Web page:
Tuesday, July 24, 2012
Wayne and I share summer birthdays that are 12 days apart. This means that each year we experience together that acute sensation of time and the temporality of nature. I'm not just talking about youth, hair or waistlines :)... but our memories.
Memories are funny things. According to Lehrer in his book PROUST WAS A NEUROSCIENTIST memories are not immutable states that exist on their own to be recalled on queue. In fact, they are very plastic and impressionable. "A memory is only as real as the last time you remembered it. The more you remember something, the less accurate the memory becomes."
It's sometimes difficult to discern between actual memory and the memories of memories. Old photographs of cakes and presents, days at the beach and relatives long gone elicit everything from warmth to regret depending on the day. In scientific terms, the proteins involved in forming memory synapses only have a half-life of 14 days. This creates a ceaseless process of reincarnation instead of a fixed moment that is cemented into the architecture of the brain.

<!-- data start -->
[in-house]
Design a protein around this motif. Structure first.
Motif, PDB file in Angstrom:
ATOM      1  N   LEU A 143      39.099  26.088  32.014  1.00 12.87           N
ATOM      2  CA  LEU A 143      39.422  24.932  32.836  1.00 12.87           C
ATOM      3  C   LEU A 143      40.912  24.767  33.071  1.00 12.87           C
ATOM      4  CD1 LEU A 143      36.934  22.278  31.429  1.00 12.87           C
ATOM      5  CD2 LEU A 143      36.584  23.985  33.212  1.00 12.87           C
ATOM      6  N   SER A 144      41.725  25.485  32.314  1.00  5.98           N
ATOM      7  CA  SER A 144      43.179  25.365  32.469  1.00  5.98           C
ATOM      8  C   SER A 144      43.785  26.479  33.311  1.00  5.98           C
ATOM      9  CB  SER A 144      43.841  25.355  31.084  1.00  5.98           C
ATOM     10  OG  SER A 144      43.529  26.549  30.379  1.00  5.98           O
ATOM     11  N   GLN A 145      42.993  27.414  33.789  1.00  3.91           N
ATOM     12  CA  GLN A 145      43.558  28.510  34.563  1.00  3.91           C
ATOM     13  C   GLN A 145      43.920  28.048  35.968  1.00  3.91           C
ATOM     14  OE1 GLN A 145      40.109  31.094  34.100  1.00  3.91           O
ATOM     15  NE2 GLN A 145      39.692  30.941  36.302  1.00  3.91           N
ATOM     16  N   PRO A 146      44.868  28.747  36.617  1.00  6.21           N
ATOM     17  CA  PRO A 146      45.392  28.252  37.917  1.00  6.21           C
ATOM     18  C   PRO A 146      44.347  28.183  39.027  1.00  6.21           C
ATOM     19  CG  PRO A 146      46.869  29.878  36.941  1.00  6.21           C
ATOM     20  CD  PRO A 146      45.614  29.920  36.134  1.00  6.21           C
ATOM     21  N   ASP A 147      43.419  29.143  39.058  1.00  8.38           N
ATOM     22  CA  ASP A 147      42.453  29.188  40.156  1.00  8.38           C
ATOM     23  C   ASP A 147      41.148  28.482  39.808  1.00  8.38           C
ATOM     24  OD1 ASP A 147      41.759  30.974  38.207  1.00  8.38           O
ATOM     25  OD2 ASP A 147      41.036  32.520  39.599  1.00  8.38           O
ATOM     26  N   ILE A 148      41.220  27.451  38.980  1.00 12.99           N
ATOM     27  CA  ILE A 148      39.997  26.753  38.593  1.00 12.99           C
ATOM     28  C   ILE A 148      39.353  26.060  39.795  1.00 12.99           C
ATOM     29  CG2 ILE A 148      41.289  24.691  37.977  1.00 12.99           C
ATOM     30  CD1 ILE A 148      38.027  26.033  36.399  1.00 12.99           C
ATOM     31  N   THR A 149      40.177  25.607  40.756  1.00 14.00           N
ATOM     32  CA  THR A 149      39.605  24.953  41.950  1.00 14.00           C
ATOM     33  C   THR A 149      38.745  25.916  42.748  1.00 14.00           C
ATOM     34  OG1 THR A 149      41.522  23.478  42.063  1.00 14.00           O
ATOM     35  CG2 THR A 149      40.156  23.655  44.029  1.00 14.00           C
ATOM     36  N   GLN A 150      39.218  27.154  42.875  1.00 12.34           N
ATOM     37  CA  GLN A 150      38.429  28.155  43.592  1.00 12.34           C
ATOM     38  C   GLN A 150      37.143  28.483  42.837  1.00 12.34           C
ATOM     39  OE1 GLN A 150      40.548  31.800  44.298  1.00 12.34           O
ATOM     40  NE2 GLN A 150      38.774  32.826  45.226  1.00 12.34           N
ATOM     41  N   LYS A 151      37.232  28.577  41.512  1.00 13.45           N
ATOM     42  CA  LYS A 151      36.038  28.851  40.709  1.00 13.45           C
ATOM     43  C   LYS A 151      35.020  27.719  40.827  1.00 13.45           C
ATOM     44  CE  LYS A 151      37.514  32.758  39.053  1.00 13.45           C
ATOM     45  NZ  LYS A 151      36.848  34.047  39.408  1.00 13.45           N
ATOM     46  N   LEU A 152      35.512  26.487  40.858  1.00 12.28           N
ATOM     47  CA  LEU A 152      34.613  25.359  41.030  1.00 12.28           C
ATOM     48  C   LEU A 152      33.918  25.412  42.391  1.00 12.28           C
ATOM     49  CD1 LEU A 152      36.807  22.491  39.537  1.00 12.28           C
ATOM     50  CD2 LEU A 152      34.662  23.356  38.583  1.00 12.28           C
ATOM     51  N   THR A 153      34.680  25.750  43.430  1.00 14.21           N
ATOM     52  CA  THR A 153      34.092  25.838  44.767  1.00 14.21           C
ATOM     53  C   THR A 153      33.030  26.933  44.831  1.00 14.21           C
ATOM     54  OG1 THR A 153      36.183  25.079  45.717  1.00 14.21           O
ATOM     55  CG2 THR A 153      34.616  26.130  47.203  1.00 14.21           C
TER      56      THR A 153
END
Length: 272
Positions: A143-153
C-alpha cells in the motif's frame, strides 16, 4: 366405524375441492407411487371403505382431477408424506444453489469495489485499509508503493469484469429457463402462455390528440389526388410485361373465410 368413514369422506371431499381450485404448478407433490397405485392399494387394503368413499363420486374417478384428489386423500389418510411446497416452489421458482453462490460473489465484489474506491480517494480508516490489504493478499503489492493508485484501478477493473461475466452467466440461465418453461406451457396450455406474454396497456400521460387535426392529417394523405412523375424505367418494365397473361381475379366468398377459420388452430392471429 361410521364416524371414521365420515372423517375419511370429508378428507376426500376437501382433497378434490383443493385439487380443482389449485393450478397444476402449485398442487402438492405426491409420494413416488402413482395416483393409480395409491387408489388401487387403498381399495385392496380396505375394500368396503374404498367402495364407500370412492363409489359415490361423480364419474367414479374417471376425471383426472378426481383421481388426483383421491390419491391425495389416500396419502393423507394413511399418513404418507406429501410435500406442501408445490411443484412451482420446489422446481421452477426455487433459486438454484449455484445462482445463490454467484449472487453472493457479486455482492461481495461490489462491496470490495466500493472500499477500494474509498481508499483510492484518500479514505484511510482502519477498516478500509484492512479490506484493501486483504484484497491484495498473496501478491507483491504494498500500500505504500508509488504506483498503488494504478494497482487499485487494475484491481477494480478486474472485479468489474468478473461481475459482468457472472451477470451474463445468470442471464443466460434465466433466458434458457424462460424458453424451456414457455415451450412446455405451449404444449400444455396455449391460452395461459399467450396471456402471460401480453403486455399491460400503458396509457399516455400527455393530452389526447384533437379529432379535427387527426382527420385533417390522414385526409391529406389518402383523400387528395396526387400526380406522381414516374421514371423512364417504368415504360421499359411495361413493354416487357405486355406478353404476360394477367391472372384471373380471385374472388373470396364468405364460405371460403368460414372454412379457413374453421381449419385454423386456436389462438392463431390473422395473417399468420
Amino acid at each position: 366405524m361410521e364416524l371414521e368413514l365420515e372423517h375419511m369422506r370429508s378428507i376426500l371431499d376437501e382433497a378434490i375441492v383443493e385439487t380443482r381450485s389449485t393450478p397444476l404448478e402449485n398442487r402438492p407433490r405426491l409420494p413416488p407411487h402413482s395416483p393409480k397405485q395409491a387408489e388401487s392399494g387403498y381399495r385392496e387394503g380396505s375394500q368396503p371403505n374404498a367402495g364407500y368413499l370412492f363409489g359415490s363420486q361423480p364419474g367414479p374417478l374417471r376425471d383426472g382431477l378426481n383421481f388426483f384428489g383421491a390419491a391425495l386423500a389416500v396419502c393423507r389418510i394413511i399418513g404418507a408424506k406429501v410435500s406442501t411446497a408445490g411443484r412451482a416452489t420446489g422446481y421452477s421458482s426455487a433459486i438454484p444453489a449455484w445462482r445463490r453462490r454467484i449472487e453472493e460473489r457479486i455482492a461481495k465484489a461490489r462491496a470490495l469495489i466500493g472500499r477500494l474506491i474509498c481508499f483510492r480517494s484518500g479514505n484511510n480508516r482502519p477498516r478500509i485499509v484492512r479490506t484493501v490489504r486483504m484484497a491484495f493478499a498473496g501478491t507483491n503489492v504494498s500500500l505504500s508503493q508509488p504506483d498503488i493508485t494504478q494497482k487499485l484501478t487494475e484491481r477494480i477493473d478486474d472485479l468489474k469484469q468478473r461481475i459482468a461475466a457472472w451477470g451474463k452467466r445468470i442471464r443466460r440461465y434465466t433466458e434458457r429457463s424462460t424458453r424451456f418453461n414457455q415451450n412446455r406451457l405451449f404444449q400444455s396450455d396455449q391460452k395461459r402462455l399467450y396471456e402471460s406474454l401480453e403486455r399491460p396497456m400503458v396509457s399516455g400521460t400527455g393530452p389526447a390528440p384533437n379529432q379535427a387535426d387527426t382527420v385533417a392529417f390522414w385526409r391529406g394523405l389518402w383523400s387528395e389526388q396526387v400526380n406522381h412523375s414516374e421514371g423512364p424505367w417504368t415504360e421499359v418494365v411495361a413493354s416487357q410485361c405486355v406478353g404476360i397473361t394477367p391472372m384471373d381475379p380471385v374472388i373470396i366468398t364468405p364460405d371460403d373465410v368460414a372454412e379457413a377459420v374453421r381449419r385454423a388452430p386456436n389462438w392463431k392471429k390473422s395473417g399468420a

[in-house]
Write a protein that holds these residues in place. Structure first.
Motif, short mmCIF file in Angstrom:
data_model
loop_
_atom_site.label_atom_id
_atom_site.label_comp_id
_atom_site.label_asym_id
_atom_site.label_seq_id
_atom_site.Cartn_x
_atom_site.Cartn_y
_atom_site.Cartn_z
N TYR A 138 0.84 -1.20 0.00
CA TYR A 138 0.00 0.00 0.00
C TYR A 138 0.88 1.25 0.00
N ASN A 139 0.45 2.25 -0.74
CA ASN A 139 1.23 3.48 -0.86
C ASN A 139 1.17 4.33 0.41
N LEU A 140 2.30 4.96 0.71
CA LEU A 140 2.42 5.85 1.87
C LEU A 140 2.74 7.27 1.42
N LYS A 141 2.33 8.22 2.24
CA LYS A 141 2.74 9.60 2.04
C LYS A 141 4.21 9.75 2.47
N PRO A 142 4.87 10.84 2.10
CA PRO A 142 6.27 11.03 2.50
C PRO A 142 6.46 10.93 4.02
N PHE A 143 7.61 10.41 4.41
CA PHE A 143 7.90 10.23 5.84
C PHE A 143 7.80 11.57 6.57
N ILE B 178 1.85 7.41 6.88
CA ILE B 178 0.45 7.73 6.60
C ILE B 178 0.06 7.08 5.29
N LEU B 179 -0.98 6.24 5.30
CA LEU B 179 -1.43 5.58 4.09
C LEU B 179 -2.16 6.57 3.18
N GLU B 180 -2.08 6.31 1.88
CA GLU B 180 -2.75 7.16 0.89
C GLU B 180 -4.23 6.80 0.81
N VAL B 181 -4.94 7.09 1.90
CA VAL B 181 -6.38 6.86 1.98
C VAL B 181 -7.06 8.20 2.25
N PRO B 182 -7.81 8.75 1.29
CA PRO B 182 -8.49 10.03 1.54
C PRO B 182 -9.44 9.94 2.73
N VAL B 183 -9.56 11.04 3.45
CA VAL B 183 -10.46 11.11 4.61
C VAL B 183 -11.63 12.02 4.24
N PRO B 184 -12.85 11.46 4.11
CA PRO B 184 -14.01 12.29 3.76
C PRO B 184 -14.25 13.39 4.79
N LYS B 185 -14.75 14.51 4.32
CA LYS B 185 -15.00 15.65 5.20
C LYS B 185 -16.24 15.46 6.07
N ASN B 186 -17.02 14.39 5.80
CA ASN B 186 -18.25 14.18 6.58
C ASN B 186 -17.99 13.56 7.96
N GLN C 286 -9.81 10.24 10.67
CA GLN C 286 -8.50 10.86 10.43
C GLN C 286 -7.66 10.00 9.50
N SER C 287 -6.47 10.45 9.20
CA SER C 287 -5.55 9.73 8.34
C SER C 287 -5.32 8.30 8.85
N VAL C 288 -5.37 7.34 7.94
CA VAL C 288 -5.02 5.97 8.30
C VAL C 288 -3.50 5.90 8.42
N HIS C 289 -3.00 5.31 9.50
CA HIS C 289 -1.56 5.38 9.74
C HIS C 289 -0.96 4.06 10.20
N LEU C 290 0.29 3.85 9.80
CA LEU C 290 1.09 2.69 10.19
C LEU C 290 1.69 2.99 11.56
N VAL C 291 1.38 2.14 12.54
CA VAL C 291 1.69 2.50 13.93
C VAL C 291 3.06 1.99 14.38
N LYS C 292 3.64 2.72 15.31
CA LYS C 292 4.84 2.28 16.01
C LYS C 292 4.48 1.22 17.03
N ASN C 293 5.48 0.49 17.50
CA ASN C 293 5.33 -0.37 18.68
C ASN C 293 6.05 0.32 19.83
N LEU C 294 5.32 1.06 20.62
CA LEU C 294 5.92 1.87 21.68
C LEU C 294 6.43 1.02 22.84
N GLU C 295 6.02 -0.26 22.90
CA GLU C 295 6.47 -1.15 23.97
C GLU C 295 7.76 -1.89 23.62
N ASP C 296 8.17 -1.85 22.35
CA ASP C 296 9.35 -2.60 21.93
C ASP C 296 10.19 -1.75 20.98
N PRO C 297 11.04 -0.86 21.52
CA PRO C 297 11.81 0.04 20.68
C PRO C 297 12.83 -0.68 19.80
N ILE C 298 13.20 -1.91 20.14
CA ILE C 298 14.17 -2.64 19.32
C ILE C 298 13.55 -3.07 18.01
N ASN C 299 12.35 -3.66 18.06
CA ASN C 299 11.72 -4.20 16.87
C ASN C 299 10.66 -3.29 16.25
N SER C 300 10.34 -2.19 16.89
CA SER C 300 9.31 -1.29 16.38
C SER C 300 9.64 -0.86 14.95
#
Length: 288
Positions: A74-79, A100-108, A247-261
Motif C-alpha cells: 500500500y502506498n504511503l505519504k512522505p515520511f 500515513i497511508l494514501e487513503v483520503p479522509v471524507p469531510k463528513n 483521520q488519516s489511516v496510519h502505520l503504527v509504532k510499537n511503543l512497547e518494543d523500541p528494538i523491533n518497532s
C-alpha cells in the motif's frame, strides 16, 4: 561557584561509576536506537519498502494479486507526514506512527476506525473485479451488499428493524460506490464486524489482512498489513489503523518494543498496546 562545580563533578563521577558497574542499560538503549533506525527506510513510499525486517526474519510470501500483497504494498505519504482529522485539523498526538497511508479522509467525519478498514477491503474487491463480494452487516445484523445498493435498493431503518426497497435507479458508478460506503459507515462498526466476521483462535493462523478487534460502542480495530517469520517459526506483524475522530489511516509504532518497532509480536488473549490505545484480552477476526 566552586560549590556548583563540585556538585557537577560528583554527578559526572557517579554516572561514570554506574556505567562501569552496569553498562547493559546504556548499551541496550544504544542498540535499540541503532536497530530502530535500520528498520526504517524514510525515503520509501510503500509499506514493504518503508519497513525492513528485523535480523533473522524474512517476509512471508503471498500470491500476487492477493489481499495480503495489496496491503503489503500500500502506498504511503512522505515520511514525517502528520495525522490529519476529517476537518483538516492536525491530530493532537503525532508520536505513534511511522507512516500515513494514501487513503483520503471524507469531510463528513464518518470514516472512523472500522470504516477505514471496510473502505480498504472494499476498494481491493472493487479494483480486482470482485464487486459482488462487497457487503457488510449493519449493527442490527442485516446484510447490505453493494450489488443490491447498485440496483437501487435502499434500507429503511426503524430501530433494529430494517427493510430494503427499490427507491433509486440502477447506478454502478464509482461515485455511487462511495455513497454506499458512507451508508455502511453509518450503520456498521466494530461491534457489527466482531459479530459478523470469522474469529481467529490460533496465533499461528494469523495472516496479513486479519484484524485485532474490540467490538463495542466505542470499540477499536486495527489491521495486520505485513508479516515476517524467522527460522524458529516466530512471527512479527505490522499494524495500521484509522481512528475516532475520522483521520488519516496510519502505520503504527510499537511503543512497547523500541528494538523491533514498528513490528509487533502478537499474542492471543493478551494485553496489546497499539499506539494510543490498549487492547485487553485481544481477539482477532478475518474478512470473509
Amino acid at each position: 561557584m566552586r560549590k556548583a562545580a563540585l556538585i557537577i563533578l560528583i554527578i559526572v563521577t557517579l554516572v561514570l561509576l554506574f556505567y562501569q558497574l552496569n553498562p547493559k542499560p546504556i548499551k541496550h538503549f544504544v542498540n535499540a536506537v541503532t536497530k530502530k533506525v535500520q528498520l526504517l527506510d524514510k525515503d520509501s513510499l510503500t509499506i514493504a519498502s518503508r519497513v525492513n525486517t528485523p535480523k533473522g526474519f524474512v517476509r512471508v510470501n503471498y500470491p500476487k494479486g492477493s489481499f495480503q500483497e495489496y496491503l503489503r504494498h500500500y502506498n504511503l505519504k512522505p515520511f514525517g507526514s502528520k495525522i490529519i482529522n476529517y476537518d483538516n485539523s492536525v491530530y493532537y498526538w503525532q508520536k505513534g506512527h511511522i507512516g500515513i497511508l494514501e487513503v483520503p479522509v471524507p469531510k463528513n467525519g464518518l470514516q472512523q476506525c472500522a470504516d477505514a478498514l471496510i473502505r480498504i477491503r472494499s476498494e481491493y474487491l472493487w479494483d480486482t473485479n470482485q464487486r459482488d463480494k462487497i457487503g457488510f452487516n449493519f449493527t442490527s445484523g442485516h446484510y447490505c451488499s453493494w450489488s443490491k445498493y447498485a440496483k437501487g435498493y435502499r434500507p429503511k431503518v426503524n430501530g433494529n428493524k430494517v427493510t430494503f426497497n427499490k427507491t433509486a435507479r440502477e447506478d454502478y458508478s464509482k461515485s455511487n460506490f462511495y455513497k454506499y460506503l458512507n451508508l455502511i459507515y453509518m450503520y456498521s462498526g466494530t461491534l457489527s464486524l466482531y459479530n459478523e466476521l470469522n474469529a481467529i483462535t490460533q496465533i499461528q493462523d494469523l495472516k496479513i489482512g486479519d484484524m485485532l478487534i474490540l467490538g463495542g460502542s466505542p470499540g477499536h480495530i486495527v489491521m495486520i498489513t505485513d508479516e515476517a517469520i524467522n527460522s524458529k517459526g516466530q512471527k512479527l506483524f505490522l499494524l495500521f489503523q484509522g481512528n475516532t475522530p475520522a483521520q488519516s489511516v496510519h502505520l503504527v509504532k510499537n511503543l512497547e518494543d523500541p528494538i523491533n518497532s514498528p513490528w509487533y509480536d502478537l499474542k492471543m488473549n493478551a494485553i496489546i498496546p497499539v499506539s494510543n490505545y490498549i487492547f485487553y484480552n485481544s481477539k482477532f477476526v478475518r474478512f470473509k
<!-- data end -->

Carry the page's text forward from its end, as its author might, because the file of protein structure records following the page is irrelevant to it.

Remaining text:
If neurons are so short-lived then how do we have long term memories? It is postulated that nostalgia or sentiment is due to a type of molecule called a Prion. Prions defy genetic biology by embracing indeterminancy and randomness and living by their own rules. In this way of life they accommodate both the plasiticity of experience and the concreteness of recollections, possessing details that mark memories to create "...a past that is at once perpetual and ephemeral."
The more I read the more I see the fundamental unpredictability of the world. To live in the present is not a platitude but a way of life. Nothing is permanent. Most systems are plastic. We have the capacity to change.
According to Proust: "The past is never past. As long as we are alive, our memories remain wonderfully volatile. In their mercurial mirror, we see ourselves."
So this year, following the example of the Prion, we'll make sure to remember to both HAVE our cake and EAT it too.